I have come across data which suggests that a UHB FOI disclosure of April 2022 about the outcomes of trust GMC referrals was incorrect.

I have written to the interim Chair Yve Buckland requesting clarification.

Letter to Yve Buckland UHB interim Chair 16 December 2022

Related items:

Under the microscope: The Freedom To Speak Up model and University Hospitals Birmingham

After Reuser v UHB and Macanovic v Portsmouth: New rules to deter malicious referrals of whistleblowers to the Practitioner Performance Advice service

Why has the National Guardian’s Office given conflicting information about quality assurance of its case records and protection of whistleblowers’ confidentiality?

The National Guardian’s Office finally apologises for a breach of whistleblower confidentiality but fails to demonstrate sufficient learning

National Guardian’s gaslighting exclusion criteria: the never ending story

The National Guardian’s Office does not put a blue light on for ambulance staff.

Staff suicides at West Midlands Ambulance Service NHS Foundation Trust

The Disinterested National Guardian & Robert Francis’ Unworkable Freedom To Speak Up Project

SSOTP: Robert Francis’ exemplar trust has feet of clay, and Jeremy Hunt’s safety claims are un-evidenced

One thought on “What the UHB Freedom To Speak Up Guardian told the BBC

  1. Thank you for your report. I found it difficult to read and not respond by being profoundly sarcastic towards the main ‘characters.’
    However, (deep, slow breaths) as it’s the Christmas season, goodwill towards all men (plus women and all other genders), perhaps I can merely comment that, although they may earn a comfortable salary and are not on the frontline of medicine with all of the emotional stresses that can bring, these characters do work in a dispiriting, impotent-inducing, menticidal system.
    The NHS is now a centrally controlled, top-down, one-way-only structure. As such, it is doomed. But unfortunately, it is far from being unique amongst our institutions. To make matters worse, it is mature, which only exacerbates the original problems.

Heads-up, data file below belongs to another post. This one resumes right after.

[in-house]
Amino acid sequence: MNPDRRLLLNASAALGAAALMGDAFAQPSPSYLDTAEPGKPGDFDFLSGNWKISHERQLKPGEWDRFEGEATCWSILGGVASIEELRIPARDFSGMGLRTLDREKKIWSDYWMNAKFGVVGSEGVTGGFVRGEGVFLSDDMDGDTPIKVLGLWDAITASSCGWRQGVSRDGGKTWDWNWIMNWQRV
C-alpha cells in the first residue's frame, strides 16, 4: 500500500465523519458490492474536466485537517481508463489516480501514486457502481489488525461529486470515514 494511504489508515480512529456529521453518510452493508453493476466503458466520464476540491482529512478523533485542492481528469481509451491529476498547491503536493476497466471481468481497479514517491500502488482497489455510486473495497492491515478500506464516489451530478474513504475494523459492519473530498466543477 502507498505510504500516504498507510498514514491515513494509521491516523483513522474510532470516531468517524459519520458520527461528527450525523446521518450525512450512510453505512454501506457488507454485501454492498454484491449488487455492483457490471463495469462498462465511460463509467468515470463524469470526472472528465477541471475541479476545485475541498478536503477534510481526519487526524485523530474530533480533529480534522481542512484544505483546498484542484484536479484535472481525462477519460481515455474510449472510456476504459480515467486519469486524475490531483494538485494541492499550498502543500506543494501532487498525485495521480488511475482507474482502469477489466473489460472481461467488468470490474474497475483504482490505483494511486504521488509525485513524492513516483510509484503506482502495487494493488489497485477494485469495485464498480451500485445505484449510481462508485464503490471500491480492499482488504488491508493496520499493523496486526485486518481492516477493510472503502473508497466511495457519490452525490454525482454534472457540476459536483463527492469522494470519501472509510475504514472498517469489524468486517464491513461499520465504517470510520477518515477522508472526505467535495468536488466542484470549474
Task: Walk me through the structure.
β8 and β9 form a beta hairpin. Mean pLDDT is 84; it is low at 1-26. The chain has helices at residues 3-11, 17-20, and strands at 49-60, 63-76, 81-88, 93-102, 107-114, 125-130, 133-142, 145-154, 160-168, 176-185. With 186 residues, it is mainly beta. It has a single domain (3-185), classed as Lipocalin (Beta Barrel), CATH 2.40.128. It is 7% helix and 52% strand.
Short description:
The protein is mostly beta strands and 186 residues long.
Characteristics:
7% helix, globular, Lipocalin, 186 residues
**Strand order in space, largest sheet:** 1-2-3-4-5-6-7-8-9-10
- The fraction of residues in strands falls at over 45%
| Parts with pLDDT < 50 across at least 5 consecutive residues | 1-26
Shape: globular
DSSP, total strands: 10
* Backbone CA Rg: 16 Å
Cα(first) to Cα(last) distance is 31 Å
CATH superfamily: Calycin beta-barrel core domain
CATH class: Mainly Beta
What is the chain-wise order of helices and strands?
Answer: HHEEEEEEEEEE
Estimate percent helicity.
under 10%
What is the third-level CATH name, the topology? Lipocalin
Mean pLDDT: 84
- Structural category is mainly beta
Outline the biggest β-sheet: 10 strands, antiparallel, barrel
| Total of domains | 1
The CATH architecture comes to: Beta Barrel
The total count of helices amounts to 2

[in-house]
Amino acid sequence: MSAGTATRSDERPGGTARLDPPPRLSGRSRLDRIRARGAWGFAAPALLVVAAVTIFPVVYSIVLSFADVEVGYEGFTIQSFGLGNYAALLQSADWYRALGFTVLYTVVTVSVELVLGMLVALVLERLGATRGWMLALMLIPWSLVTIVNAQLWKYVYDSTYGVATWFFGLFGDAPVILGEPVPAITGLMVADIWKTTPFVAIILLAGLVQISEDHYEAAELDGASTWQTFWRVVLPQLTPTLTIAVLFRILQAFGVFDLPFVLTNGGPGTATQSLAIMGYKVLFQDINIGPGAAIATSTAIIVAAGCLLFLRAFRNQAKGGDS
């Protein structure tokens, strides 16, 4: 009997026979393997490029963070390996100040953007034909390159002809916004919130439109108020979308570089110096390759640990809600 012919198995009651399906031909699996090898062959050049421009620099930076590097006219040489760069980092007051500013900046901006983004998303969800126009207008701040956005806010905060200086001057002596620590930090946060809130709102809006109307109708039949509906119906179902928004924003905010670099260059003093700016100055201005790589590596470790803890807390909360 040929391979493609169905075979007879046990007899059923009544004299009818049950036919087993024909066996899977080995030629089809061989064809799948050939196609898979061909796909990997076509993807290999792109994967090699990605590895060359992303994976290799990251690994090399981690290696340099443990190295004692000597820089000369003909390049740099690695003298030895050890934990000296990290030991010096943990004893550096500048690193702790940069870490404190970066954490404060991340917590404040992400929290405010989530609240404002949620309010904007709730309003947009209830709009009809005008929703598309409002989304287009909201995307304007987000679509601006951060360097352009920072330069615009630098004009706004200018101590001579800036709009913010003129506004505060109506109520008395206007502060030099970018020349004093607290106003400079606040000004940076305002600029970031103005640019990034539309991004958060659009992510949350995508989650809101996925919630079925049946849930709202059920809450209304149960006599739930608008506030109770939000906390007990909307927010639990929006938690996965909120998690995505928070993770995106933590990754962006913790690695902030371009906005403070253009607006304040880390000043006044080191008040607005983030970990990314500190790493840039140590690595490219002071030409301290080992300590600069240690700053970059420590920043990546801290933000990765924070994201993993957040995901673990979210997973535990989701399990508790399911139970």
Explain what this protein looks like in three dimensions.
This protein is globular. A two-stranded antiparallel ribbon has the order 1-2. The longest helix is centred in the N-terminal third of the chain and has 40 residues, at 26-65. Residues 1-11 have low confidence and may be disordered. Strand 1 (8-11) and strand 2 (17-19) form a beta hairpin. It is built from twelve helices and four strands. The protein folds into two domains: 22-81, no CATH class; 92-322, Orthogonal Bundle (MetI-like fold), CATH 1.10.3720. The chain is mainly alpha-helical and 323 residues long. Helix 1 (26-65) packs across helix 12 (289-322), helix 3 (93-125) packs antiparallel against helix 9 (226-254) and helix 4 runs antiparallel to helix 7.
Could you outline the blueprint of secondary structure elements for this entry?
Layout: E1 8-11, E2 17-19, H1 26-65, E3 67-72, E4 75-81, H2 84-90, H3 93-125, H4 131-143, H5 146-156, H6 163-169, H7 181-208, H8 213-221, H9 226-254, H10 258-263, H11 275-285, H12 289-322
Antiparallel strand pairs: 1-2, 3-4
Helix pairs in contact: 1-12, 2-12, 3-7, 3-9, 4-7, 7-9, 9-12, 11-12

Management consultants, or checkout staff in supermarkets for that matter, undoubtedly have advised, and would advise, that the solution is to schedule regular, structured meetings (say half an hour every month), where all staff have the opportunity to flag problems, promote useful ideas and discuss such with their colleagues. It will then be agreed with the supervising manager which issues are important enough to not only be recorded but also passed up the chain of command. Such formal meetings have innumerable benefits. They allow all staff to make their contributions, remind everyone they are part of a team, identify problems in their early stages and therefore be more easily addressed and increase loyalty to purpose. ‘Workers’ and frontline staff will no longer be considered potential enemies determined to undermine those at the ‘top’ but regarded as they indeed are – the indispensable and respect-worthy foundation of the NHS.
    However, we know that the NHS has long been dominated by politicos who seem to view everything as a tool for monetising or propaganda for their benefit as opposed to the patients (or taxpayers as they are known when healthy). I must also express regret that the public has been most reluctant to exercise its democratic duty by keeping its politicos and its institutions accountable.